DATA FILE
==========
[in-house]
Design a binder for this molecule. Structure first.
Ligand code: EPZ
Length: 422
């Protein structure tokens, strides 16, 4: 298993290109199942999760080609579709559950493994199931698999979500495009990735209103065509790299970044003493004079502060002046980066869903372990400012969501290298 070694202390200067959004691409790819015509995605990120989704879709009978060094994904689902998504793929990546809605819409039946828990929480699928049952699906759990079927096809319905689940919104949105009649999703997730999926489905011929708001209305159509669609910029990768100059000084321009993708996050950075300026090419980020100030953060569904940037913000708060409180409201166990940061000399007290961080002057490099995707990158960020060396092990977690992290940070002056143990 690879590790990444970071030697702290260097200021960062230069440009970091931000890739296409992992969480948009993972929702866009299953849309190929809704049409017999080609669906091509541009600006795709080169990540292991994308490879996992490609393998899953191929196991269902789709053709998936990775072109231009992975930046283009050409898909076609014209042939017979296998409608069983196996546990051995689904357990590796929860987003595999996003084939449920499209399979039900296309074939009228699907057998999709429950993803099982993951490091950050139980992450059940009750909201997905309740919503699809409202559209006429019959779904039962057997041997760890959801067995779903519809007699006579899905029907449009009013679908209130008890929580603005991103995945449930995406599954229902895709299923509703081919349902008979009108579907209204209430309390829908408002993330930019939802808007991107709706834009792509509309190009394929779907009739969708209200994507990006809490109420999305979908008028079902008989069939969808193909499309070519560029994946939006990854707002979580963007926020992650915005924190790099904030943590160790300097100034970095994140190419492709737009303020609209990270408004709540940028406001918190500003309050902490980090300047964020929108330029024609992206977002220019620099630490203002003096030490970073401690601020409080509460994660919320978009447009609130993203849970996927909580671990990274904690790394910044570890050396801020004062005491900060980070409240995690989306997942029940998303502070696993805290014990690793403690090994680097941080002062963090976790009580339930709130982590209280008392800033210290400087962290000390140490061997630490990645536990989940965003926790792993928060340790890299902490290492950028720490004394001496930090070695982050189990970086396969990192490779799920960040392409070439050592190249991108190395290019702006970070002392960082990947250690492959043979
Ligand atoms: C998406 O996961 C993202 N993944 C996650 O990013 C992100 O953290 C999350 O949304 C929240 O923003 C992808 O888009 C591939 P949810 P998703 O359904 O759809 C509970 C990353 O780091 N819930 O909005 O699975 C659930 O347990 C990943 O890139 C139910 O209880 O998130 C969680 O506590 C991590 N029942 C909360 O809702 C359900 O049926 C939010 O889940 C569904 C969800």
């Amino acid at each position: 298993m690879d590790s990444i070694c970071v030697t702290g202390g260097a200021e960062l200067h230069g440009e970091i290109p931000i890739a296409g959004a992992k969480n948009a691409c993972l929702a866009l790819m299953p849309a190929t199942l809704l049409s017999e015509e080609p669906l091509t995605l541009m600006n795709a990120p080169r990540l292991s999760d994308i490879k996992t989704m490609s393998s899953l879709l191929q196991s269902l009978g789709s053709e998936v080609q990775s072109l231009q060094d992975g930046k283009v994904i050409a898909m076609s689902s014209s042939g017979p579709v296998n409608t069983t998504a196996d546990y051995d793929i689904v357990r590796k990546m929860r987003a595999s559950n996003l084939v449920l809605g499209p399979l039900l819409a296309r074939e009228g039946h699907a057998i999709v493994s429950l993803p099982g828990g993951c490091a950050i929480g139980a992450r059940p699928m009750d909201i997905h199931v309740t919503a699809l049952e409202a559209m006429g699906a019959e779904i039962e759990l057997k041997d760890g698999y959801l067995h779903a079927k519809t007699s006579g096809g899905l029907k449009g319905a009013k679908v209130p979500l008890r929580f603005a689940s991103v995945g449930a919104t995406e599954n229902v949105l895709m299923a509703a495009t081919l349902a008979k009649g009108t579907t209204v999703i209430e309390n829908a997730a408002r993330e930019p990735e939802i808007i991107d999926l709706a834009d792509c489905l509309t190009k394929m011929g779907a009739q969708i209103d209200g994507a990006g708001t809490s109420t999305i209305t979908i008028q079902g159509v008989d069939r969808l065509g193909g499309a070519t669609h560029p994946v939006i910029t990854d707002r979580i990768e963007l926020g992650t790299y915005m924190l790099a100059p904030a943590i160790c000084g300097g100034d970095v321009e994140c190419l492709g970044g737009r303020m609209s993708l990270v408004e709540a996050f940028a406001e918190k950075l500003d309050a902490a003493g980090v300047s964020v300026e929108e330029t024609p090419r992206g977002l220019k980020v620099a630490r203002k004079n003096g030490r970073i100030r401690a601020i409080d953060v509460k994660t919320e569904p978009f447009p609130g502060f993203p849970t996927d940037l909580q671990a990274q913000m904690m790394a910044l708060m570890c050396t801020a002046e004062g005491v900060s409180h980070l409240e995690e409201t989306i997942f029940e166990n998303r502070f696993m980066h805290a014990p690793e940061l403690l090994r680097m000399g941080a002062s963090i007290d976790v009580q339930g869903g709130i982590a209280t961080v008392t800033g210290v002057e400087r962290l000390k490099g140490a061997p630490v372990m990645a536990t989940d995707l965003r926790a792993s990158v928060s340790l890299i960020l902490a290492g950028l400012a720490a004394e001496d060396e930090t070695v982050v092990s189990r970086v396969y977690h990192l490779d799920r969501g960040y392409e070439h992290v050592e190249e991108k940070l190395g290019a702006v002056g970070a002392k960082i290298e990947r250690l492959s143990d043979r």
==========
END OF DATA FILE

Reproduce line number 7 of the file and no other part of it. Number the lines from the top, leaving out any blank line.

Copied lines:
């Amino acid at each position: 298993m690879d590790s990444i070694c970071v030697t702290g202390g260097a200021e960062l200067h230069g440009e970091i290109p931000i890739a296409g959004a992992k969480n948009a691409c993972l929702a866009l790819m299953p849309a190929t199942l809704l049409s017999e015509e080609p669906l091509t995605l541009m600006n795709a990120p080169r990540l292991s999760d994308i490879k996992t989704m490609s393998s899953l879709l191929q196991s269902l009978g789709s053709e998936v080609q990775s072109l231009q060094d992975g930046k283009v994904i050409a898909m076609s689902s014209s042939g017979p579709v296998n409608t069983t998504a196996d546990y051995d793929i689904v357990r590796k990546m929860r987003a595999s559950n996003l084939v449920l809605g499209p399979l039900l819409a296309r074939e009228g039946h699907a057998i999709v493994s429950l993803p099982g828990g993951c490091a950050i929480g139980a992450r059940p699928m009750d909201i997905h199931v309740t919503a699809l049952e409202a559209m006429g699906a019959e779904i039962e759990l057997k041997d760890g698999y959801l067995h779903a079927k519809t007699s006579g096809g899905l029907k449009g319905a009013k679908v209130p979500l008890r929580f603005a689940s991103v995945g449930a919104t995406e599954n229902v949105l895709m299923a509703a495009t081919l349902a008979k009649g009108t579907t209204v999703i209430e309390n829908a997730a408002r993330e930019p990735e939802i808007i991107d999926l709706a834009d792509c489905l509309t190009k394929m011929g779907a009739q969708i209103d209200g994507a990006g708001t809490s109420t999305i209305t979908i008028q079902g159509v008989d069939r969808l065509g193909g499309a070519t669609h560029p994946v939006i910029t990854d707002r979580i990768e963007l926020g992650t790299y915005m924190l790099a100059p904030a943590i160790c000084g300097g100034d970095v321009e994140c190419l492709g970044g737009r303020m609209s993708l990270v408004e709540a996050f940028a406001e918190k950075l500003d309050a902490a003493g980090v300047s964020v300026e929108e330029t024609p090419r992206g977002l220019k980020v620099a630490r203002k004079n003096g030490r970073i100030r401690a601020i409080d953060v509460k994660t919320e569904p978009f447009p609130g502060f993203p849970t996927d940037l909580q671990a990274q913000m904690m790394a910044l708060m570890c050396t801020a002046e004062g005491v900060s409180h980070l409240e995690e409201t989306i997942f029940e166990n998303r502070f696993m980066h805290a014990p690793e940061l403690l090994r680097m000399g941080a002062s963090i007290d976790v009580q339930g869903g709130i982590a209280t961080v008392t800033g210290v002057e400087r962290l000390k490099g140490a061997p630490v372990m990645a536990t989940d995707l965003r926790a792993s990158v928060s340790l890299i960020l902490a290492g950028l400012a720490a004394e001496d060396e930090t070695v982050v092990s189990r970086v396969y977690h990192l490779d799920r969501g960040y392409e070439h992290v050592e190249e991108k940070l190395g290019a702006v002056g970070a002392k960082i290298e990947r250690l492959s143990d043979r």